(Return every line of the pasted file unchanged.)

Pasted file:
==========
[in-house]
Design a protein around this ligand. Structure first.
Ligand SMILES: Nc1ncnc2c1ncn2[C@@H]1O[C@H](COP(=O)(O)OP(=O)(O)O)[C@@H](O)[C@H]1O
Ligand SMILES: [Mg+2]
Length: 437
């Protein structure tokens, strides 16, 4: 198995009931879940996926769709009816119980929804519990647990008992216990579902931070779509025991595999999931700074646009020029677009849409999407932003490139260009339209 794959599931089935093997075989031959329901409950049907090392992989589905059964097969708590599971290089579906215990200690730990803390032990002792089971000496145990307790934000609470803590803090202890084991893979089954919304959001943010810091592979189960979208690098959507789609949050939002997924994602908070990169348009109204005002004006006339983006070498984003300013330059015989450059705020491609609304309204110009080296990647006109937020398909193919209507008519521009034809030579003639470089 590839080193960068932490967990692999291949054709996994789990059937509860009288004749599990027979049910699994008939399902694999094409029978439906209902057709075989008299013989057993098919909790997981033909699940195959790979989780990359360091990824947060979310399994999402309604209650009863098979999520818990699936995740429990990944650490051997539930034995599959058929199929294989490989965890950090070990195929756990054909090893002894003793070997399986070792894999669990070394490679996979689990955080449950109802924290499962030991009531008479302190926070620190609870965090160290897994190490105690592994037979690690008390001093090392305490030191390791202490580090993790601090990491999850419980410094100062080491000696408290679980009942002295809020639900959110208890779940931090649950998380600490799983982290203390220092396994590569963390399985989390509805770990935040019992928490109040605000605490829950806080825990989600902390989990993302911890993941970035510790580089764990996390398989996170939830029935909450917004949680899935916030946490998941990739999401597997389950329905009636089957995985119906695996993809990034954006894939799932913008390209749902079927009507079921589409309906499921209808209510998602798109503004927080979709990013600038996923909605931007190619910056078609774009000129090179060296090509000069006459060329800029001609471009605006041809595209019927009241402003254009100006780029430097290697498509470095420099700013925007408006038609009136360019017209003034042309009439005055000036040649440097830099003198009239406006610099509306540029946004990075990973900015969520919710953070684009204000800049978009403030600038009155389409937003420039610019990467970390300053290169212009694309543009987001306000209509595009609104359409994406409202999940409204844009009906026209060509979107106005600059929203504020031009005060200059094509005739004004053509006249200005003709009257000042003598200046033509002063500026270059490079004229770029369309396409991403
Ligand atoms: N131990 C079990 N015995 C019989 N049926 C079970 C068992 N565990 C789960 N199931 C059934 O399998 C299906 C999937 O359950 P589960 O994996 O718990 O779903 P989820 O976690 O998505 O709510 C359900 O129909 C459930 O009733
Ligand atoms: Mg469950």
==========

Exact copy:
[in-house]
Design a protein around this ligand. Structure first.
Ligand SMILES: Nc1ncnc2c1ncn2[C@@H]1O[C@H](COP(=O)(O)OP(=O)(O)O)[C@@H](O)[C@H]1O
Ligand SMILES: [Mg+2]
Length: 437
């Protein structure tokens, strides 16, 4: 198995009931879940996926769709009816119980929804519990647990008992216990579902931070779509025991595999999931700074646009020029677009849409999407932003490139260009339209 794959599931089935093997075989031959329901409950049907090392992989589905059964097969708590599971290089579906215990200690730990803390032990002792089971000496145990307790934000609470803590803090202890084991893979089954919304959001943010810091592979189960979208690098959507789609949050939002997924994602908070990169348009109204005002004006006339983006070498984003300013330059015989450059705020491609609304309204110009080296990647006109937020398909193919209507008519521009034809030579003639470089 590839080193960068932490967990692999291949054709996994789990059937509860009288004749599990027979049910699994008939399902694999094409029978439906209902057709075989008299013989057993098919909790997981033909699940195959790979989780990359360091990824947060979310399994999402309604209650009863098979999520818990699936995740429990990944650490051997539930034995599959058929199929294989490989965890950090070990195929756990054909090893002894003793070997399986070792894999669990070394490679996979689990955080449950109802924290499962030991009531008479302190926070620190609870965090160290897994190490105690592994037979690690008390001093090392305490030191390791202490580090993790601090990491999850419980410094100062080491000696408290679980009942002295809020639900959110208890779940931090649950998380600490799983982290203390220092396994590569963390399985989390509805770990935040019992928490109040605000605490829950806080825990989600902390989990993302911890993941970035510790580089764990996390398989996170939830029935909450917004949680899935916030946490998941990739999401597997389950329905009636089957995985119906695996993809990034954006894939799932913008390209749902079927009507079921589409309906499921209808209510998602798109503004927080979709990013600038996923909605931007190619910056078609774009000129090179060296090509000069006459060329800029001609471009605006041809595209019927009241402003254009100006780029430097290697498509470095420099700013925007408006038609009136360019017209003034042309009439005055000036040649440097830099003198009239406006610099509306540029946004990075990973900015969520919710953070684009204000800049978009403030600038009155389409937003420039610019990467970390300053290169212009694309543009987001306000209509595009609104359409994406409202999940409204844009009906026209060509979107106005600059929203504020031009005060200059094509005739004004053509006249200005003709009257000042003598200046033509002063500026270059490079004229770029369309396409991403
Ligand atoms: N131990 C079990 N015995 C019989 N049926 C079970 C068992 N565990 C789960 N199931 C059934 O399998 C299906 C999937 O359950 P589960 O994996 O718990 O779903 P989820 O976690 O998505 O709510 C359900 O129909 C459930 O009733
Ligand atoms: Mg469950």